“I think it’s something cool to do,” he said. “All the guys that come out here, they’re big baseball fans. For us to come out, it makes the event even that more special. But not only that, it’s special for the kids too. It’s cool to be able to come out here and spend time with kids that have cancer and tell them that they’re special too.”
Waters reportedly is included as a subject of MLB’s investigation into the Braves’ signings of multiple domestic and international players. The investigation led to the resignations of general manager John Coppolella and special assistant Gordon Blakeley, who rescinded his resignation but hasn’t worked for the team in that span.
The Yahoo Sports report indicated Waters allegedly was offered illegal benefits to sign under slot, citing Coppolella offered a car to cover the difference. Coppolella and Waters’ agent Keith Grunewald denied foul play and suggested the offer was “made in jest,” according to sources in the report.
Braves CEO Terry McGuirk said Monday he expects MLB to issue sanctions within the next two weeks. If implicated, Waters could be declared a free agent.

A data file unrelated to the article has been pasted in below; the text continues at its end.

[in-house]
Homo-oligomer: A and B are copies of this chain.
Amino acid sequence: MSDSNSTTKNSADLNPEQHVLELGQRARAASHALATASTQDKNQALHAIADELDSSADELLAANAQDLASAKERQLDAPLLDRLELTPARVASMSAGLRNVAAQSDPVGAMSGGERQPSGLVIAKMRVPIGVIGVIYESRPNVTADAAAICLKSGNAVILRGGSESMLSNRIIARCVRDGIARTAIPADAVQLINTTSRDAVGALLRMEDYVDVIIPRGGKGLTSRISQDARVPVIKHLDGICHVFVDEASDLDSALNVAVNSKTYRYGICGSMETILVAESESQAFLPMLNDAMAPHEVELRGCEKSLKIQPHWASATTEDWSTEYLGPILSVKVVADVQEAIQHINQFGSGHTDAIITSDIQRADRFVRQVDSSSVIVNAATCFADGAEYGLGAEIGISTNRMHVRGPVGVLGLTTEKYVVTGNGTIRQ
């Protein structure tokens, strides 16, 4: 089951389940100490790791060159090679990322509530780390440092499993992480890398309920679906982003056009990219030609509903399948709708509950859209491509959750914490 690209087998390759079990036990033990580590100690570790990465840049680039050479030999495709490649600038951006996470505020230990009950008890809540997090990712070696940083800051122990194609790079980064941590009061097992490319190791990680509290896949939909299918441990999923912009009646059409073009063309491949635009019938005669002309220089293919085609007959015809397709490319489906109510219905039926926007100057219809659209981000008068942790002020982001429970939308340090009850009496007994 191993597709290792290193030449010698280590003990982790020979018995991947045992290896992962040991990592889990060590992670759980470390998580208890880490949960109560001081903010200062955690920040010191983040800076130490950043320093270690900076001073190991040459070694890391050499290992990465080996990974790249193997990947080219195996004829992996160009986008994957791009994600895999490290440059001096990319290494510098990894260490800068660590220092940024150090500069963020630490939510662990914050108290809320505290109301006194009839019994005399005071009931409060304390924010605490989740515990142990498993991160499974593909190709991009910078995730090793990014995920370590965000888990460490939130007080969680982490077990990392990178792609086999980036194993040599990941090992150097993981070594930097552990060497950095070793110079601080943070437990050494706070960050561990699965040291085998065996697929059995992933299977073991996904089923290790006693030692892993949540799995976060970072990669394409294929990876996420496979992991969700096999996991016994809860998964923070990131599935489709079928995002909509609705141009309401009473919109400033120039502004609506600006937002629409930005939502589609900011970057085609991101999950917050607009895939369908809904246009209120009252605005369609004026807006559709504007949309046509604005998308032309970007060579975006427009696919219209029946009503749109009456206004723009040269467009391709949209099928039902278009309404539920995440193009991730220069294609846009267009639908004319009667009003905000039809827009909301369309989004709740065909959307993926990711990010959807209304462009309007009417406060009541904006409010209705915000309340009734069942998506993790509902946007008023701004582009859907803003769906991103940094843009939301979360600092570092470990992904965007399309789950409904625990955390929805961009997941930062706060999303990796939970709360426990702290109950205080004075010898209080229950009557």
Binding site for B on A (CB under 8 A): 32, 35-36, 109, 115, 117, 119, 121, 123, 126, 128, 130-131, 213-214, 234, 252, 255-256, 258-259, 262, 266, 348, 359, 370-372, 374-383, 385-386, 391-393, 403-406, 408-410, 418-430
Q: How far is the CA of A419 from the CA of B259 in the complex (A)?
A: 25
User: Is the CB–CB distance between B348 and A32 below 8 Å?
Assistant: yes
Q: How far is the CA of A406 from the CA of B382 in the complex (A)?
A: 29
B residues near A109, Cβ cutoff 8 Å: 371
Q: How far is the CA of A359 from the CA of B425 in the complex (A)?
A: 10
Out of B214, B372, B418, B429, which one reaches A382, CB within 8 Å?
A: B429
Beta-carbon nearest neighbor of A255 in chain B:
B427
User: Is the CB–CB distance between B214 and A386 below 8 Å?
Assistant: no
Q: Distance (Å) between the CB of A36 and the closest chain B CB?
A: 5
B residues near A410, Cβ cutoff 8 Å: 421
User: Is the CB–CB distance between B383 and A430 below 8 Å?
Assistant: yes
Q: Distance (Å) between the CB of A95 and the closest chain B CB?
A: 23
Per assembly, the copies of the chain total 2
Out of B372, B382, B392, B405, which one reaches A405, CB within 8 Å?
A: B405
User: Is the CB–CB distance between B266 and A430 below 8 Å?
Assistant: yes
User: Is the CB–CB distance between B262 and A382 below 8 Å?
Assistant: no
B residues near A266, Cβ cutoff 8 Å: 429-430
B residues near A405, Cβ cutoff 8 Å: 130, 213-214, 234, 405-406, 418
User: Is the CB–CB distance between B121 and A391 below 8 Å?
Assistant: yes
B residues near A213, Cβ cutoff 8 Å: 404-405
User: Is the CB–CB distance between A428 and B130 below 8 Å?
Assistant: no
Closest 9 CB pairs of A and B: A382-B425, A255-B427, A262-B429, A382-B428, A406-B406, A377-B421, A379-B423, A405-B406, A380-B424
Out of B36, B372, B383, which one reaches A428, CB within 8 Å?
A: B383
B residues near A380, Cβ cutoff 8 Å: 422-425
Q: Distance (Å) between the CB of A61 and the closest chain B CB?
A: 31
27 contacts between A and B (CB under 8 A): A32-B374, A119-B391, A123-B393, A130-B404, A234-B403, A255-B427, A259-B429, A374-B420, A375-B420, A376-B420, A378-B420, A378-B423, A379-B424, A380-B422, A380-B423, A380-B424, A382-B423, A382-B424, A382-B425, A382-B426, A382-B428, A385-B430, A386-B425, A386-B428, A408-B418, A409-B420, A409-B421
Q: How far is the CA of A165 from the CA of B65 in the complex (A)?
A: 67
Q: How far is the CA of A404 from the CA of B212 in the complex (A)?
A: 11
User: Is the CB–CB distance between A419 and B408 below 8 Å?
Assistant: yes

Waters said he wouldn’t talk about the pending investigation.
At least for now, the switch-hitter remains an up-and-comer in the Braves’ system. Waters couldn’t have much of a better start: In 14 Gulf Coast League games, he hit .347 with a pair of homers and 10 RBIs.
Then reality set in, and it was an unknown experience for young gun.
“I’ve learned a lot,” he said. “When I first started playing, I was hitting like .350 with a couple home runs and doubles for the first ten or so games. Then I got called up to Danville, and I was off to a hot start there, then there were like three weeks where I just couldn’t do anything but strikeout. I was like, ‘This has never happened to me before in my life.’”
He finished with a .255 average, two homers and 14 RBIs in 149 at-bats at Danville.
“It was a huge learning point for me because I’d learn to accept failure and move on from it,” Waters said. “I feel like next year if it ever happened again where I started to fail, I’d have a good feeling I could get out of it pretty quickly and continue to succeed.”
It was a rather large leap for a kid facing high school players within the last year. Part of that learning process was figuring out that pitchers have much better command in the lower levels.
Waters likely will spend his 2018 season in Danville and Single-A.
“Everybody’s grown men, really,” Waters said. “The big thing with pitchers (in the minor leagues) is they throw a lot harder, the breaking pitches are sharper, they can spot up whenever they want in whatever type count. So it makes it tough as a hitter, but you know, you always hear (when) you surround yourself with the best, you tend to get better.
“I’d have to agree with that because the improvements I’ve made just through this half-season, I’m a much better player now than I was before the draft.”